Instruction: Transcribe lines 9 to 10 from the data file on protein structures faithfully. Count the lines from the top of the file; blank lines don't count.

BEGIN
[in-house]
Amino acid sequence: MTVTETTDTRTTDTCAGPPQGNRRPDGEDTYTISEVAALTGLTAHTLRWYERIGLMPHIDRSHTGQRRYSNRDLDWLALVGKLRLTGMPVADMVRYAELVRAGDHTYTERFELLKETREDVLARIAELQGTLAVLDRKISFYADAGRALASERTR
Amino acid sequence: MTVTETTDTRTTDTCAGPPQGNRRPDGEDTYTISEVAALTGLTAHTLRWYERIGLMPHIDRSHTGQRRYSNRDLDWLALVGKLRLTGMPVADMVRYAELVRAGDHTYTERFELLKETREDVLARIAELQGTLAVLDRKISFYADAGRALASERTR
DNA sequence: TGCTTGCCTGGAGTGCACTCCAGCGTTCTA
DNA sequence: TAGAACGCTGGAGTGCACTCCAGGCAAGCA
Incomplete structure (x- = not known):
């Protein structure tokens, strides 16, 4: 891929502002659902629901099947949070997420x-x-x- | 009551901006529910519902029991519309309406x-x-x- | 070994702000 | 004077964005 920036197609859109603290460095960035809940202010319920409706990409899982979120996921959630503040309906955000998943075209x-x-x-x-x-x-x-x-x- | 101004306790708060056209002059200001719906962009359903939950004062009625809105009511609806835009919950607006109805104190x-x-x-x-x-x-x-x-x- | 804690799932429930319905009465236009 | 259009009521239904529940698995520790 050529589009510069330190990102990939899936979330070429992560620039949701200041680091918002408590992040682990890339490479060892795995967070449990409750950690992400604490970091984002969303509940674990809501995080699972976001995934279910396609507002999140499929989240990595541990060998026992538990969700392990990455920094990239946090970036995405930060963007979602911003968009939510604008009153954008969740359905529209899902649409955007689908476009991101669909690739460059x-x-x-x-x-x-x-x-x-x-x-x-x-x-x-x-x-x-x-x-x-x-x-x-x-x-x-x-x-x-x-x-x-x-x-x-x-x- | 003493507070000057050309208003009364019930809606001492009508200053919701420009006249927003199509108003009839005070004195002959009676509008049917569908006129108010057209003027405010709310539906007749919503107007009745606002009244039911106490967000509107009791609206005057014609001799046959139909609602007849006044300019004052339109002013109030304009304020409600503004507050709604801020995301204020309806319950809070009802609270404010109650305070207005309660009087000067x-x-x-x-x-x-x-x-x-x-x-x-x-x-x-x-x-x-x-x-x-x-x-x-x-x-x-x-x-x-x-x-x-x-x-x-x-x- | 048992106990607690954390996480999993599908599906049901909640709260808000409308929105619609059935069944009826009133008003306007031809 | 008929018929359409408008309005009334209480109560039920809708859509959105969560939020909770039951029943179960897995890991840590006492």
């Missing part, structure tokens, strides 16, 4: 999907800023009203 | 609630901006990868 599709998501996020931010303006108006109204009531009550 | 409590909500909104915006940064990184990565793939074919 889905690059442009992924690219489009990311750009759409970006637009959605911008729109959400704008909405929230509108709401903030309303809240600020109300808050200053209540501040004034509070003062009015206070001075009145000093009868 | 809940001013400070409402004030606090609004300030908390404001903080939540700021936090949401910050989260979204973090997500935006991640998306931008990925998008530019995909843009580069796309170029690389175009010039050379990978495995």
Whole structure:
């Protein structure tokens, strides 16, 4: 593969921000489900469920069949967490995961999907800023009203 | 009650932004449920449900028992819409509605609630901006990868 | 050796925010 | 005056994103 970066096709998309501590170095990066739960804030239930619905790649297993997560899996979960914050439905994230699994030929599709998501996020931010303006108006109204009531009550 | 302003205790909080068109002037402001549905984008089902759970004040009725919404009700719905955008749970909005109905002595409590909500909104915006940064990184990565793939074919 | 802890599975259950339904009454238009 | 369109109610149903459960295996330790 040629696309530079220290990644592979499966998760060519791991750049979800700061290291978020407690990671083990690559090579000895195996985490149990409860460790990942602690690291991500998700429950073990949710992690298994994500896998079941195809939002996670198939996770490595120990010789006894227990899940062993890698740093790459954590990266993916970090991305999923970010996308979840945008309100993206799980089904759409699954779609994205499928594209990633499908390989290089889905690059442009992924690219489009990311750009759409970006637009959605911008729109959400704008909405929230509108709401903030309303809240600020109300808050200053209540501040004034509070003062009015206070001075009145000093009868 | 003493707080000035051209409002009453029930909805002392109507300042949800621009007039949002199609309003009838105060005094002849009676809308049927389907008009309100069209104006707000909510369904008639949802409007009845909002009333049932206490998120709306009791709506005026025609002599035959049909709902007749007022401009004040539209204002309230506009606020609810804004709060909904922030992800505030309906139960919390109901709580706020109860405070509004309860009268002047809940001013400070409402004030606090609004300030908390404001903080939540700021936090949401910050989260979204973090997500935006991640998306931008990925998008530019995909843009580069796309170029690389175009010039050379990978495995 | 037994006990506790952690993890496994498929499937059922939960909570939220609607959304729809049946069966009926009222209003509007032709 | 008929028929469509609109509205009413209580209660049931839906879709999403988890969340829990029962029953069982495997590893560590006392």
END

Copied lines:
Whole structure:
């Protein structure tokens, strides 16, 4: 593969921000489900469920069949967490995961999907800023009203 | 009650932004449920449900028992819409509605609630901006990868 | 050796925010 | 005056994103 970066096709998309501590170095990066739960804030239930619905790649297993997560899996979960914050439905994230699994030929599709998501996020931010303006108006109204009531009550 | 302003205790909080068109002037402001549905984008089902759970004040009725919404009700719905955008749970909005109905002595409590909500909104915006940064990184990565793939074919 | 802890599975259950339904009454238009 | 369109109610149903459960295996330790 040629696309530079220290990644592979499966998760060519791991750049979800700061290291978020407690990671083990690559090579000895195996985490149990409860460790990942602690690291991500998700429950073990949710992690298994994500896998079941195809939002996670198939996770490595120990010789006894227990899940062993890698740093790459954590990266993916970090991305999923970010996308979840945008309100993206799980089904759409699954779609994205499928594209990633499908390989290089889905690059442009992924690219489009990311750009759409970006637009959605911008729109959400704008909405929230509108709401903030309303809240600020109300808050200053209540501040004034509070003062009015206070001075009145000093009868 | 003493707080000035051209409002009453029930909805002392109507300042949800621009007039949002199609309003009838105060005094002849009676809308049927389907008009309100069209104006707000909510369904008639949802409007009845909002009333049932206490998120709306009791709506005026025609002599035959049909709902007749007022401009004040539209204002309230506009606020609810804004709060909904922030992800505030309906139960919390109901709580706020109860405070509004309860009268002047809940001013400070409402004030606090609004300030908390404001903080939540700021936090949401910050989260979204973090997500935006991640998306931008990925998008530019995909843009580069796309170029690389175009010039050379990978495995 | 037994006990506790952690993890496994498929499937059922939960909570939220609607959304729809049946069966009926009222209003509007032709 | 008929028929469509609109509205009413209580209660049931839906879709999403988890969340829990029962029953069982495997590893560590006392």